It was February 24 of 2022 when Russian president Vladimir Putin initiated an attack on Ukraine, spurring an ongoing conflict that has impacted the entire world.
A year later, the war rages on. While the Ukrainian military has taken Russia by surprise and steadily held on to its defense, millions of Ukrainians have suffered at the hands of the Russian military (including over 30,000 civilians who have died) and continue to need support.
As the conflict reaches this pivotal anniversary and has unfortunately faded from the mainstream conversation, this tragic and ongoing humanitarian crisis and devastation must be confronted.
At Good Good Good, we know that hope is fuel. Our team works to research, vet, and share authentic good news and action steps that help readers feel hopeful and empowered to make meaningful change in the world.
There is certainly no lack of heartbreaking news from the war in Ukraine, and it is vital that we all stay informed about the current events in Eastern Europe. However, we hope that “looking for the helpers” will give you the encouragement you need to do your part, and the hope we all need to celebrate the resilience at the heart of the war in Ukraine.
Read on about some amazing helpers who can help us turn our heartbreak into fuel as we continue to support the people of Ukraine.
You might also like: How To Help Ukraine Now — 1 Year Later
Here are the good news stories that gave us hope in Ukraine over the past year
Ukrainians came together to defend their country
Although it is truly horrific that Russia’s invasion forced everyday civilians into a warzone, the strength of community and collective humanity in Ukraine is truly astonishing.
Whether we point to the civilian medic wearing her high heels into a combat zone; the volunteer operation that came together in an old industrial complex to manufacture camouflage gear and body armor; or the women who traveled home to Ukraine at the start of the war to contribute in whatever ways they could — we celebrate countless stories of the human spirit.
People around the globe protested in support of Ukraine
Upon the invasion, many Russian citizens risked their safety and freedom to protest the conflict in Ukraine, but people across the globe showed up to protest in their own communities, too.
30,000 rallied in Tbilisi, Georgia, which was the victim of a Russian invasion in 2008. Over 15,000 protesters lined the streets in Amsterdam. Thousands gathered in various city centers across the United Kingdom.
While these large movements have dissipated, anti-war protesters in Russia continue their fight.
Russia’s anti-war movement rages on — albeit quietly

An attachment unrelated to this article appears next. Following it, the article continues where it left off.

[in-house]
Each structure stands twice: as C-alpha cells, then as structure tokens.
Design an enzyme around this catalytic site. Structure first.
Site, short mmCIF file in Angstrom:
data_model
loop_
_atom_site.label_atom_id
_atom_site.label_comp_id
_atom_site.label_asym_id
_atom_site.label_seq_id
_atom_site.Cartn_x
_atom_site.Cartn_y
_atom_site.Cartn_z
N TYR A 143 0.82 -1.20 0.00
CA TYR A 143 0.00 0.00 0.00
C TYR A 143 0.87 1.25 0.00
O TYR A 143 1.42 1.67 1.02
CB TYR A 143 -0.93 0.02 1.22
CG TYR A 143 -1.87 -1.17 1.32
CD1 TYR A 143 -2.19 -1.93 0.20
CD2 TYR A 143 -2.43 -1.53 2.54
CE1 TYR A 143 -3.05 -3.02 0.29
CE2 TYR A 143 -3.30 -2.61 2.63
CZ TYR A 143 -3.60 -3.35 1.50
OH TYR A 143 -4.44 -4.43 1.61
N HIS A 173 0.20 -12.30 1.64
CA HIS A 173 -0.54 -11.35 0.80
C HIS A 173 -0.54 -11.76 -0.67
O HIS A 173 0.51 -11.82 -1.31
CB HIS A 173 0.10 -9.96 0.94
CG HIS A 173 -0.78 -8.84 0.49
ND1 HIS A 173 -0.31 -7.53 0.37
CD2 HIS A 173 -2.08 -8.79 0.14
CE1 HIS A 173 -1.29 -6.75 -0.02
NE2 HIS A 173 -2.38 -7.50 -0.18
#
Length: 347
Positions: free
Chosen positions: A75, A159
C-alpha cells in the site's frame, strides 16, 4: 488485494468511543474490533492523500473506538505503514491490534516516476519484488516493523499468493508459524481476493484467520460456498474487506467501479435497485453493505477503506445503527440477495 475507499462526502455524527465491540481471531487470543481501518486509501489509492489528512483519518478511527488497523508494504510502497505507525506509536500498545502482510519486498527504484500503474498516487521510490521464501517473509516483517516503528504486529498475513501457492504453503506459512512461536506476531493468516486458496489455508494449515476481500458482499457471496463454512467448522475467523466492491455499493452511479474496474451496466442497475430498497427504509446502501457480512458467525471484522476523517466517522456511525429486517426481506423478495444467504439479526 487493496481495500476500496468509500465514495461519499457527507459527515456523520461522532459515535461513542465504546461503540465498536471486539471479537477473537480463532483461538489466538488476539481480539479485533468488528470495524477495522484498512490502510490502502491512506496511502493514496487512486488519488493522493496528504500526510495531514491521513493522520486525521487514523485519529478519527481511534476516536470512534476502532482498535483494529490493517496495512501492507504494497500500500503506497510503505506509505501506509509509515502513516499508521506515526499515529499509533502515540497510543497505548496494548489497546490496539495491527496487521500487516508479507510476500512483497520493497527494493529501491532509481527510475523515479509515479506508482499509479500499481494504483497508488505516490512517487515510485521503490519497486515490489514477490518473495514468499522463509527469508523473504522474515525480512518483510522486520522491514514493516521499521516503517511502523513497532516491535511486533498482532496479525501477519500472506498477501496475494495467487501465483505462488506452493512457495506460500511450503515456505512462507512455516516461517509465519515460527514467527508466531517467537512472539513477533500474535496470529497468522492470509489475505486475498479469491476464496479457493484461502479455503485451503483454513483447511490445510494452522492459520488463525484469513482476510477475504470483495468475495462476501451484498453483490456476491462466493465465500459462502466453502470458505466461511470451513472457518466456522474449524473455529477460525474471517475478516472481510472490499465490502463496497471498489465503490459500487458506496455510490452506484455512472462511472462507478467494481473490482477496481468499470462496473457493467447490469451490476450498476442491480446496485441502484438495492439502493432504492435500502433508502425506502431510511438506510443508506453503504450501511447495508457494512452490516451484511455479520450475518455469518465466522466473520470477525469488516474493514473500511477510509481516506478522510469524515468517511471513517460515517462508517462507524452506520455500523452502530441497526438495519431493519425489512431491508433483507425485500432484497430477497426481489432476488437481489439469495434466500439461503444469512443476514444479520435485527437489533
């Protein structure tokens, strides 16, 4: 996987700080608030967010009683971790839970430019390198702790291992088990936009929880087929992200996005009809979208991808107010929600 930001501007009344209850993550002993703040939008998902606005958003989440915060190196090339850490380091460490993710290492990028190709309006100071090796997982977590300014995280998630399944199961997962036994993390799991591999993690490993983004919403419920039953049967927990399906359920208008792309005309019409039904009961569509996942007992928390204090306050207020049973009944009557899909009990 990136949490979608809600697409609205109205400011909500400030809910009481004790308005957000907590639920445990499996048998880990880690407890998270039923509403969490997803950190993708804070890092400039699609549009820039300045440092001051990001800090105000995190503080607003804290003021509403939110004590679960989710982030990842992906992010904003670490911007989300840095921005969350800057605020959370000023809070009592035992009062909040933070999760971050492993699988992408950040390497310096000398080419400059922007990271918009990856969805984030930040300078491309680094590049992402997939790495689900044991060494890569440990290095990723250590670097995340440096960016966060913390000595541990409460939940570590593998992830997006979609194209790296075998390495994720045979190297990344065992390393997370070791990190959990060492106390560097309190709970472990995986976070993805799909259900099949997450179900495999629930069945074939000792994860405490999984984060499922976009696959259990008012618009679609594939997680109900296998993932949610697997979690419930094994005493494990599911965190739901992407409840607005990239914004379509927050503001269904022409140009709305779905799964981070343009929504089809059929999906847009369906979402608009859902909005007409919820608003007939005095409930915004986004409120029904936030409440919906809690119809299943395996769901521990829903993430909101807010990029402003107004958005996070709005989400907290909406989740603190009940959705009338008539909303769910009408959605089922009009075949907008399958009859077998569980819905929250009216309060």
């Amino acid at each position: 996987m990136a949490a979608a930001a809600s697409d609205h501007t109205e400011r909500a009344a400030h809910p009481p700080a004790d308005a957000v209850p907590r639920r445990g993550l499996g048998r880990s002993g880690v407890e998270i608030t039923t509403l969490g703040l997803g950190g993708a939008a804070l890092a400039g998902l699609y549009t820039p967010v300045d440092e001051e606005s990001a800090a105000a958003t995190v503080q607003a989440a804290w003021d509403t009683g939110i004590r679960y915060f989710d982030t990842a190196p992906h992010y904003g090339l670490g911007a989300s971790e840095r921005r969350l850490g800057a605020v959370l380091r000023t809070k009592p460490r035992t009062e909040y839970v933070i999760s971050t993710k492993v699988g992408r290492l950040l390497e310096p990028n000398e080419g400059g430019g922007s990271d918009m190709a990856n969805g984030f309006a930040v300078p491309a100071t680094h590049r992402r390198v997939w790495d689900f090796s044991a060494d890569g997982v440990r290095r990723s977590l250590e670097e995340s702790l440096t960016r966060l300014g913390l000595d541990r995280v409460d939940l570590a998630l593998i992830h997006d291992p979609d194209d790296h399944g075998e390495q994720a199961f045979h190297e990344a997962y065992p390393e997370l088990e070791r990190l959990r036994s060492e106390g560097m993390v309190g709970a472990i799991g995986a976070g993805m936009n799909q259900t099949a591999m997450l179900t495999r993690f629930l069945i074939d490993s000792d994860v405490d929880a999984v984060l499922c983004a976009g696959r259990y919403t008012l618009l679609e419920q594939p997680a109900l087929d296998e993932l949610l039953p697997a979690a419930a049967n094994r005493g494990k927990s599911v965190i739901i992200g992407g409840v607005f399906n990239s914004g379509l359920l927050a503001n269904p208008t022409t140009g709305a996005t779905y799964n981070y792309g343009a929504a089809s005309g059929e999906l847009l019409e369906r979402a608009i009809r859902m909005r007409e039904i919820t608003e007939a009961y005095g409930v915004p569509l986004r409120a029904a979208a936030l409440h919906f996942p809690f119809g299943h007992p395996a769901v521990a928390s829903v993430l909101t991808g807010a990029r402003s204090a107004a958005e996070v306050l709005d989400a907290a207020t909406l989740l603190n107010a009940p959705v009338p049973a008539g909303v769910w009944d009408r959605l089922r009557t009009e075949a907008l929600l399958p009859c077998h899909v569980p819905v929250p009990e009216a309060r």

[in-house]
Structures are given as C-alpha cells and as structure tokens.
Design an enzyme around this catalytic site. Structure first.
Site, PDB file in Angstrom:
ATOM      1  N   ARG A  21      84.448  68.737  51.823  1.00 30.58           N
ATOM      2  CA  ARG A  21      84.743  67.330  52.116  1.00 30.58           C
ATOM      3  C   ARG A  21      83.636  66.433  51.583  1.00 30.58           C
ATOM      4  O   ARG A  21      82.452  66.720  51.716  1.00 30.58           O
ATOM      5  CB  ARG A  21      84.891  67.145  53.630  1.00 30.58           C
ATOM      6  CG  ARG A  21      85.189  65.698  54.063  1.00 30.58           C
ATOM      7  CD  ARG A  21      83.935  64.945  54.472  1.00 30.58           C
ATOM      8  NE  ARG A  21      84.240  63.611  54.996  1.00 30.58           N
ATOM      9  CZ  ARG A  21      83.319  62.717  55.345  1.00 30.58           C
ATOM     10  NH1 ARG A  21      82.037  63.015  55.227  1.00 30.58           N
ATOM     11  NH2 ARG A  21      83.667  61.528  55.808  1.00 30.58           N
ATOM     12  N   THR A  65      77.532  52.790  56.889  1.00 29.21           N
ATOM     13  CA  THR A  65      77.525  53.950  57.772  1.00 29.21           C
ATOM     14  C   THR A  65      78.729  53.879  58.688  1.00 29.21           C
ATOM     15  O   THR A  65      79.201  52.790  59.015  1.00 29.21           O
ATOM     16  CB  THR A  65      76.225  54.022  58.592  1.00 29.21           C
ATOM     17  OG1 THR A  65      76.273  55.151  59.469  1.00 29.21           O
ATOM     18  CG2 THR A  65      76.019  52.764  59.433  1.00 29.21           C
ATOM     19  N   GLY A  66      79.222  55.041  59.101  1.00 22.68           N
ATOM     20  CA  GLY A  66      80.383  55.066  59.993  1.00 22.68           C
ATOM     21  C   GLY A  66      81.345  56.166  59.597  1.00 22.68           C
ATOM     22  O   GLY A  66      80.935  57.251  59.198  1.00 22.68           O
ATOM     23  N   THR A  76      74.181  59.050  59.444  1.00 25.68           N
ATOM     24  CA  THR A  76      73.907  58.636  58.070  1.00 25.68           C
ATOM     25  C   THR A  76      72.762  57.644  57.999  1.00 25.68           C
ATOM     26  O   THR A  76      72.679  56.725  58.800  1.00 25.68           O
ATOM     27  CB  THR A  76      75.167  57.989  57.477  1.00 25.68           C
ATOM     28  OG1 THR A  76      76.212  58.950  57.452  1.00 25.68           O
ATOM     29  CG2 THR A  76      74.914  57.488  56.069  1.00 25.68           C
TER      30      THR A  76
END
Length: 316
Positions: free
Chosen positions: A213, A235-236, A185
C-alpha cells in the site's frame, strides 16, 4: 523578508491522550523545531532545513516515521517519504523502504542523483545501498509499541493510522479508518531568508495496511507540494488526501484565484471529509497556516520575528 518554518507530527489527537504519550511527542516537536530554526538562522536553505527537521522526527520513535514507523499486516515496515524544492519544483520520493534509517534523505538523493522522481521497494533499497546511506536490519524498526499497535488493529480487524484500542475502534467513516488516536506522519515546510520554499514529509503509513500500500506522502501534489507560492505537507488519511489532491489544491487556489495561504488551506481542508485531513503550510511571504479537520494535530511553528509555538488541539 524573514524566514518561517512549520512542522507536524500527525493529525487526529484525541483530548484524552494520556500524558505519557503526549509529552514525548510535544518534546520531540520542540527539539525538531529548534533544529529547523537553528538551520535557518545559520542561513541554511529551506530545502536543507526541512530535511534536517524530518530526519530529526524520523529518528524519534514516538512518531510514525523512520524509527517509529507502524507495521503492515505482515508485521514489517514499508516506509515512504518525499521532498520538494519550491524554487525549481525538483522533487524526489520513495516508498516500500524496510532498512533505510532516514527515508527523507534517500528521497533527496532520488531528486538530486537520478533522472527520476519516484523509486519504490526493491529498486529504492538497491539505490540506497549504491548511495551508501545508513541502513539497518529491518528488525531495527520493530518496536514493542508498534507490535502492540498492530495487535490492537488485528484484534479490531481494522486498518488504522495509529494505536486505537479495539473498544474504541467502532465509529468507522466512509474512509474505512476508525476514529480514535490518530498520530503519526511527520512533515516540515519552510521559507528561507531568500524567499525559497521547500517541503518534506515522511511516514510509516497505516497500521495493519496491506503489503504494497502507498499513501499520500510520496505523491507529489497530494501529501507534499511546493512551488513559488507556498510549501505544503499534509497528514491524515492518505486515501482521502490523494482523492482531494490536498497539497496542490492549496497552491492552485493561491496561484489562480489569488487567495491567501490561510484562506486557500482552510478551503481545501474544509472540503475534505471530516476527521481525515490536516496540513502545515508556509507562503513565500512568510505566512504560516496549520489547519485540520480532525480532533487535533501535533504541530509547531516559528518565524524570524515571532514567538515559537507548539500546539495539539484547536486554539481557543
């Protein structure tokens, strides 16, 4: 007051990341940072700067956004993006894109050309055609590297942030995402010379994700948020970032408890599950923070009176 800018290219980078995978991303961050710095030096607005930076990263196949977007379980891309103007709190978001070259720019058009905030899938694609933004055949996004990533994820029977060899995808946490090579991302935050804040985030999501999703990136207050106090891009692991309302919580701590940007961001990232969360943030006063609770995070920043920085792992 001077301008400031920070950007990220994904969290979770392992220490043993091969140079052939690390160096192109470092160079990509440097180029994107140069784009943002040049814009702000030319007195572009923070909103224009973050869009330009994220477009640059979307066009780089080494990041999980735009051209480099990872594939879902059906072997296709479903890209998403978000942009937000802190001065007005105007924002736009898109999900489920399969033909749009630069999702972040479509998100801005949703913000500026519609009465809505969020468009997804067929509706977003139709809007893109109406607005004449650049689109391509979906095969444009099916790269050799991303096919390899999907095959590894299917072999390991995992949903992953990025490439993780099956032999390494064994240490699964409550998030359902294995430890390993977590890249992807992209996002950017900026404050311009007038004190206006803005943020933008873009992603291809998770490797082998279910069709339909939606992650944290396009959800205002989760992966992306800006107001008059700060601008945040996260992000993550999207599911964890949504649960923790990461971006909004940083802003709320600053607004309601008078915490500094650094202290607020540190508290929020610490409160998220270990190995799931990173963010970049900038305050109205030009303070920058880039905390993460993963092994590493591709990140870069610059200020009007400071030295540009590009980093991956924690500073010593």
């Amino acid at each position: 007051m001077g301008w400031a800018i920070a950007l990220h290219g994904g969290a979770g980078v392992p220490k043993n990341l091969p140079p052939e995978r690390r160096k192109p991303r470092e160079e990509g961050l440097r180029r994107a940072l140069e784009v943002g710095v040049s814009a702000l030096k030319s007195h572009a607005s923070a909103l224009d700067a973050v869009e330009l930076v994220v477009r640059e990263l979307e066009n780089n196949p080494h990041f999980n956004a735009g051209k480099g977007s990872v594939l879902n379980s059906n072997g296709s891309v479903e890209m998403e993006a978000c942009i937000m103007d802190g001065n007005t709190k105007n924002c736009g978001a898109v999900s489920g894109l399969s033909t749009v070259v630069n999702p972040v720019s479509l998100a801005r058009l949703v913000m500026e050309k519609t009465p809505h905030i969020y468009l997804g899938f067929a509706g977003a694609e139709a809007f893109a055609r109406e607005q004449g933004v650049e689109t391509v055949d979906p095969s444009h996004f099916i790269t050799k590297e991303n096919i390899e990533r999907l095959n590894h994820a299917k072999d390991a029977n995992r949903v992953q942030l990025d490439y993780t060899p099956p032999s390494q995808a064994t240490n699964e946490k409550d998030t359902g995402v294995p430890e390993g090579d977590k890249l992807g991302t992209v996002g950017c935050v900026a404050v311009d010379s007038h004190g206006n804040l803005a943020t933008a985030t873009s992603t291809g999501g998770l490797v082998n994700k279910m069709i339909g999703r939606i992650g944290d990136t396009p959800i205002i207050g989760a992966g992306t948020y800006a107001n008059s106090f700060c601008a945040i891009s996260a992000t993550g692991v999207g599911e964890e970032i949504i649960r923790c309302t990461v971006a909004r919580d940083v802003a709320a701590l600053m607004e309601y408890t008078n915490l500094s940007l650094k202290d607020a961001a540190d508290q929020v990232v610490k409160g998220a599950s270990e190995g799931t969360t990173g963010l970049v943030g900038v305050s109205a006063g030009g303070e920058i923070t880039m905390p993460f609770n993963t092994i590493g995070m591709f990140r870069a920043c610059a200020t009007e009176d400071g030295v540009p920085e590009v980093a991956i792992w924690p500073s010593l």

According to the Washington Post, Russia’s anti-war movement shows a weak street-level resistance, but protests go beyond the traditional displays of defiance.
Since many anti-war protesters have been jailed and drafted into the war, anti-war Russians must move with stealth if they want to stay safe — and have an impact. These movements manifest through disseminating accurate information about the war, acts of sabotage, acts or violence, resistance art — helping Ukrainian refugees.
Networks like Vesna and Feminist Anti-War Resistance work tirelessly to dodge the Kremlin — all while standing against it.
Aid agencies rushed to help Ukrainians
Upon Russia’s invasion in Ukraine, major efforts from international aid organizations launched into action. Whether it was bringing in essential supplies, facilitating refugee safety, providing medical care, or feeding civilians a warm meal, here are a few statistics that celebrate the work of these aid providers over the last year.
- World Central Kitchen has served over 200 million meals across 9,000 distribution sites through its #ChefsForUkraine program
- The International Committee of the Red Cross provided access to clean water to 10,300,000 Ukrainians, as well as provided continued care to some 200,000 people with diabetes, cardiac conditions, and asthma.
- The Global Empowerment Mission helped place 13,624 individuals in temporary housing, and relocate over 38,700 people.
President Volodymyr Zelenskyy has led Ukraine with loyalty and hope
Ukraine President Volodymyr Zelenskyy’s unfailing allegiance to his country has made headlines for the last year. At the start of the war, he turned down President Biden’s offer to evacuate (he said “I need ammunition, not a ride”).
While it is certainly not easy to be a country’s leader during war, and Zelenskyy has and will make mistakes, his character and determination have a ripple effect on all Ukrainians.
“I am here. We are not putting down arms,” he said in a video at the start of Russia's invasion. “That is it. That’s all I wanted to tell you. Glory to Ukraine.”
Countries are decoupling from fossil fuels to reduce reliance on Russian oil
While we already know we need to globally eliminate our dependence on fossil fuels, it’s especially true when it comes to getting them from Russia. 60% of Russia’s exports are oil and gas.
One major response to the invasion of Ukraine was for countries in Europe and around the world to divest from fossil fuel projects in Russia and turn to renewable energy projects. Even before the military invasion, in response to Russia’s buildup of troops around Ukraine, Germany stopped the approval of Nord Stream 2 gas pipeline that would bring natural gas from Russia to Europe.
Later, Germany announced it would be accelerating its clean energy transition plans so the country would reach 100% renewable energy by 2035 — 15 years ahead of schedule.